Entries in Google (3)


SXSW: Google’s Talking Shoe Motivates You to Move

Joanna Stern/ABC News(AUSTIN, Texas) -- Google introduced their talking sneakers invention at SXSW this year.

Aman Govil, the lead of the advertising arts team, and his colleagues at Google took a few pairs of Adidas sneakers and crammed in a small computer, an accelerometer, a pressure sensor, a gyroscope, speaker and Bluetooth. The shoe can tell what you are or aren’t doing and can then relay that information to your phone via Bluetooth or to you via the speaker in the top tongue of the shoe. Think those 90′s Pump sneakers, but with a speaker in place of the squishy ball.

The idea is that the shoe would function a lot like many of the fitness gadgets out there today that attempt you to motivate you more. When you have been sitting for more than an hour it might yell at you to walk around.

Copyright 2013 ABC News Radio


Patients Who Google Hemorrhoids May Want to Avoid Doctor

NICHOLAS KAMM/AFP/Getty Images(NEW YORK) -- Google's annual roundup of the year's top search trends revealed that people took to the Internet to learn more about Whitney Houston, Hurricane Sandy and Big Bird, but an unlikely pain in the butt joined the group, too: hemorrhoids.

The top trending health issue in the United States this year was "hemorrhoids," according to Google's annual "zeitgeist" roundup of the world's hottest search trends, and doctors say it may be because patients would rather ask Google than their physicians.

"I'm not exactly surprised that it is something people would rather Google as opposed to discuss it with their doctors," said Dr. Patrick Okolo, chief of endoscopy at Johns Hopkins Hospital.  "Even though it is very common and affects anywhere from 14 to 20 million Americans, most people do not discuss it with their doctors for those reasons."

Hemorrhoids are swollen veins in the anus or lower rectum, caused by any condition that could impede the flow of blood back to the heart and lungs.  Pregnancy, straining or having a difficult time in the bathroom are among the causes of hemorrhoids.

Google zeitgeist spokeswoman Roya Soleimani said it's not clear why hemorrhoids shot to the top of the list this year, but its spot on the trends list (instead of the most searched list) means that its popularity is unique to 2012.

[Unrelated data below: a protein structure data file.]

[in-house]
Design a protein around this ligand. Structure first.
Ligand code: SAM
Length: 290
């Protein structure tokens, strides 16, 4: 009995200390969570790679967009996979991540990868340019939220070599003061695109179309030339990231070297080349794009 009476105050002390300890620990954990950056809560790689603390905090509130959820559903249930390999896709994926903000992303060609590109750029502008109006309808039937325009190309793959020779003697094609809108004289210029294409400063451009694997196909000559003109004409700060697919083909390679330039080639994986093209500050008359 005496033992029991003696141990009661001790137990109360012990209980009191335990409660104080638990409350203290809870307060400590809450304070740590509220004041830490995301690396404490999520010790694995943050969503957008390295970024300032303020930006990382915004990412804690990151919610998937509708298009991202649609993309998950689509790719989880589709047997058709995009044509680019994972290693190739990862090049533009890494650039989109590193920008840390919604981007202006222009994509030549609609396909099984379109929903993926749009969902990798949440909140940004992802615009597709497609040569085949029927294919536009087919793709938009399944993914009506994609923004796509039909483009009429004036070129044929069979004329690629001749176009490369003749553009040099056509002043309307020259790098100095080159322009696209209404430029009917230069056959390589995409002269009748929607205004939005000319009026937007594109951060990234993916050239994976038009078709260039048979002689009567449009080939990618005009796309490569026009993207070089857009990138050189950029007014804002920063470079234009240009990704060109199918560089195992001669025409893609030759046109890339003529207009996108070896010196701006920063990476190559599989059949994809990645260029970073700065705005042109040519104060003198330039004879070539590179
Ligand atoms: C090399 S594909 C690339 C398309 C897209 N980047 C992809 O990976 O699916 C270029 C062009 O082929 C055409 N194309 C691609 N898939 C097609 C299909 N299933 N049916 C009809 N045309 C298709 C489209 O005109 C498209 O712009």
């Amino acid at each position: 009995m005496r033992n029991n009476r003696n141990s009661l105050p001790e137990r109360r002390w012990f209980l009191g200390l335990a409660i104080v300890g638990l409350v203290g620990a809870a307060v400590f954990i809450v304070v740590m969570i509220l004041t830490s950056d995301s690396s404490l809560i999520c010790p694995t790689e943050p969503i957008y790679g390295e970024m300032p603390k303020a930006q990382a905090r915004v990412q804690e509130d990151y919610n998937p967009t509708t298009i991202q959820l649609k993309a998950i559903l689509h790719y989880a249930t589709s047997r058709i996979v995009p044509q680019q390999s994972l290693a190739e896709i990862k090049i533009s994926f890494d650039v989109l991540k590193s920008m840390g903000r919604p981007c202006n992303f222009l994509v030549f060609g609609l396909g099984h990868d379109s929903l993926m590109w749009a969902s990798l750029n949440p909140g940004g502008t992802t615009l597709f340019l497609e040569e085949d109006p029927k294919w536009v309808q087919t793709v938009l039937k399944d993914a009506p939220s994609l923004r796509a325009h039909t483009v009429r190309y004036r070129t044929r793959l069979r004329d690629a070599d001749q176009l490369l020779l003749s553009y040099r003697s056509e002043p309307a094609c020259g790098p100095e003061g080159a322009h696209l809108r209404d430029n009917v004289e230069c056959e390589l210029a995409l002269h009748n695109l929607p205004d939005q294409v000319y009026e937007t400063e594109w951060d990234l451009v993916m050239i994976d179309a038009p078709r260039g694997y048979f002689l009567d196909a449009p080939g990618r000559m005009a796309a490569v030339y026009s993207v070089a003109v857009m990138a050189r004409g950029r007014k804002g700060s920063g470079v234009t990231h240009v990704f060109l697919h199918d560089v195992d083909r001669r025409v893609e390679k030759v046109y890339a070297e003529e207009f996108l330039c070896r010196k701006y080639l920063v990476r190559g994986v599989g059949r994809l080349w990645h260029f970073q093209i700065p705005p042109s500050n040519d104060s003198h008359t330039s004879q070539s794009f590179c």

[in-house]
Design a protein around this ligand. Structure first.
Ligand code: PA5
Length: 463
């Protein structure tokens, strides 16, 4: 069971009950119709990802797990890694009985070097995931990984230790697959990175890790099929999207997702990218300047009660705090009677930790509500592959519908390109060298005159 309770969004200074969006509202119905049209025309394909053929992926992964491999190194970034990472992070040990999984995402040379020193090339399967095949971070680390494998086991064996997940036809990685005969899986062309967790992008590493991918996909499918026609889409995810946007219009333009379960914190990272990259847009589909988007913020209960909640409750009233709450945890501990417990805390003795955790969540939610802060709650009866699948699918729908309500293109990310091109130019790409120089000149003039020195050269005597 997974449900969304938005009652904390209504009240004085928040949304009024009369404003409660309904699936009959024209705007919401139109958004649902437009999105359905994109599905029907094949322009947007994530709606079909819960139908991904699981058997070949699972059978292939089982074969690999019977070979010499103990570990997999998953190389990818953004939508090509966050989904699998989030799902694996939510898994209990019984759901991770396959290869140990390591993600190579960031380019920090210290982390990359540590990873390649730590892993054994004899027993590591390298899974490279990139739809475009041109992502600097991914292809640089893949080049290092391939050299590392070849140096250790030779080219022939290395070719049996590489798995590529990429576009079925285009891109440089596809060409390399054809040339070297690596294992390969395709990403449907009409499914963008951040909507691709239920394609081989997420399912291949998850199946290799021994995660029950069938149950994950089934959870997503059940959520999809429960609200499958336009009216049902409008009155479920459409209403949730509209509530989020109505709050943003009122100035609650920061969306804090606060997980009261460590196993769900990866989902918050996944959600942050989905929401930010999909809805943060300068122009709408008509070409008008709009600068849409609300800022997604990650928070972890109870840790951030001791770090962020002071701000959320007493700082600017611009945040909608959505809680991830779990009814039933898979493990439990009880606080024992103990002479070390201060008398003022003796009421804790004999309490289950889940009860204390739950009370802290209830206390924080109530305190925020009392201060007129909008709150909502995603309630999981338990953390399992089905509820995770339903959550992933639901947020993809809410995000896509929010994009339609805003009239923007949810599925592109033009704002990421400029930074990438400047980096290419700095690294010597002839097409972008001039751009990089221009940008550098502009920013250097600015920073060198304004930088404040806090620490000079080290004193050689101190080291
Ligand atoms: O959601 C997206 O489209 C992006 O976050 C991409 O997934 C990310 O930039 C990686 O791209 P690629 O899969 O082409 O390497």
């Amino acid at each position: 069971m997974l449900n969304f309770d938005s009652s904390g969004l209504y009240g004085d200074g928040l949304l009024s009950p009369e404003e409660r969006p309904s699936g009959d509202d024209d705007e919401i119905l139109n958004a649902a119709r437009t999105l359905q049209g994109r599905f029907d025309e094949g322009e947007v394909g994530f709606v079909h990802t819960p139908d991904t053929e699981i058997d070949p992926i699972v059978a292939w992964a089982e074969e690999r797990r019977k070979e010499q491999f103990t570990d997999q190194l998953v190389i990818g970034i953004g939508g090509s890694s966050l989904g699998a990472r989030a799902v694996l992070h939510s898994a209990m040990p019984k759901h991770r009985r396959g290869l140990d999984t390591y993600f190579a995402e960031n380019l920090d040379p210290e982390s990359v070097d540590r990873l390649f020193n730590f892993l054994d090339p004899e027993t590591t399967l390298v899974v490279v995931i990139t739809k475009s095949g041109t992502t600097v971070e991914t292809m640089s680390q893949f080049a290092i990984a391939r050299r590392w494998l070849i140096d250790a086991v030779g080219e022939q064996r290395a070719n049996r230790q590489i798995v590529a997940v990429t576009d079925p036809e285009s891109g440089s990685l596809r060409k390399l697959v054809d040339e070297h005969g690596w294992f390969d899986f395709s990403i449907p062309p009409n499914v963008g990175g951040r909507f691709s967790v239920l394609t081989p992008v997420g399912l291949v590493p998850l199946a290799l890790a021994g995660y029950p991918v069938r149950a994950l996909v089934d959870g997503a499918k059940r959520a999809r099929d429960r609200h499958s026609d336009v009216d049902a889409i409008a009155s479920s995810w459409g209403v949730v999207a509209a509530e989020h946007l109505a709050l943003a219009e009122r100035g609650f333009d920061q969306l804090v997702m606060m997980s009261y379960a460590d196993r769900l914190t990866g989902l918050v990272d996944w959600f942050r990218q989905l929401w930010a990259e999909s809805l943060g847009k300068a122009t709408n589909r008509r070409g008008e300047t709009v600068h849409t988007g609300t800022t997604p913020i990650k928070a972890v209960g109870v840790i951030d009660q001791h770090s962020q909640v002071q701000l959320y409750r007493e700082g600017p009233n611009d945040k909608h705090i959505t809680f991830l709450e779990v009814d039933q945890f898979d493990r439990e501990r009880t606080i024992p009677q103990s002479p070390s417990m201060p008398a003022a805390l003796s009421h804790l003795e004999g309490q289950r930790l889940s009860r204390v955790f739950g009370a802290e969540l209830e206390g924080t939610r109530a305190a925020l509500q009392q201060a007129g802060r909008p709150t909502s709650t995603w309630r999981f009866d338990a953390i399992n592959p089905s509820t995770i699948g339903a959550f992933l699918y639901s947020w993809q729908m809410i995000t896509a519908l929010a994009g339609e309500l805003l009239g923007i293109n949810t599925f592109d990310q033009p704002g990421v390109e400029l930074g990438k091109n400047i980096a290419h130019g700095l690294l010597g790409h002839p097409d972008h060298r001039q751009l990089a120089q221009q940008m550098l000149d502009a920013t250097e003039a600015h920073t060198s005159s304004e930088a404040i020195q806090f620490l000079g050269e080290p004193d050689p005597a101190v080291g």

"I'm not quite sure why there was a spike in hemorrhoid searches this year, but something that was distinct and showed in the data brought it to number one," Soleimani said.

Since about one in 25 hemorrhoids are caused by obesity, it's possible that America's expanding waistlines are also to blame for the extra internet searches, Okolo said.

It's often blood on the toilet paper that tips most people off to their hemorrhoids, though many people have no symptoms, he said.  Despite what he called an urban legend, hemorrhoids are not painful unless they're infected or associated with a tear in the anal canal.

However, 12 percent of rectal bleeding is serious.

"It's a serious symptom and one that is often ignored," Okolo said.  "Probably a good proportion of the 47,000 to 50,000 deaths in this country to colon cancer probably start in ignored rectal bleeding."

Other top health search trends unique to 2012 included diaper rash, gastroesophageal reflux disease and diarrhea.  Soleimani said "pregnancy symptoms," a common search every year, topped Google's symptom search for 2012.

Copyright 2012 ABC News Radio


Study: Google Search Results for Infant Sleep Safety Mostly Wrong

NICHOLAS KAMM/AFP/Getty Images(NEW YORK) -- Feeling lucky?  A new study shows you might need it if you're "googling" medical advice instead of asking your doctor.

In a study of 1,300 Google search results related to infant sleep safety, researchers found that only 43.5 percent of websites provided accurate information.  The rest were either inaccurate or irrelevant.

"It is important for health care providers to realize the extent to which parents may turn to the Internet for information about infant sleep safety and then act on that advice, regardless of the reliability of the source," said Dr. Rachel Moon, the pediatrician who led the research effort published in the Journal of Pediatrics.

Moon, a Sudden Infant Death Syndrome researcher at the Children's National Medical Center in Washington, D.C., used 13 search phrases related to infant sleep safety, including "infant sleep position," and "pacifier infant" to conduct her study.  Moon and her team analyzed the first 100 Google results for each phrase, and deemed them accurate if they matched up-to-date recommendations from the American Academy of Pediatrics.

Moon's colleague, Brandi Joyner, told ABC News she regularly tells patients to double-check their online sources' validity before acting on the advice.  Joyner is a clinical research coordinator at Children's National Medical Center and health educator at the Children's National WIC clinic in Washington, D.C., where she tells women how to keep their children safe even at naptime and bedtime.

"If you want to turn to the Internet, make sure the website is ending in .gov or .org or .state," Joyner said.

The most accurate sites were from government organizations, which were accurate 80.1 percent of the time, according to the study.  Researchers found that the least accurate websites were blogs, which were only accurate 30.9 percent of the time.

Copyright 2012 ABC News Radio

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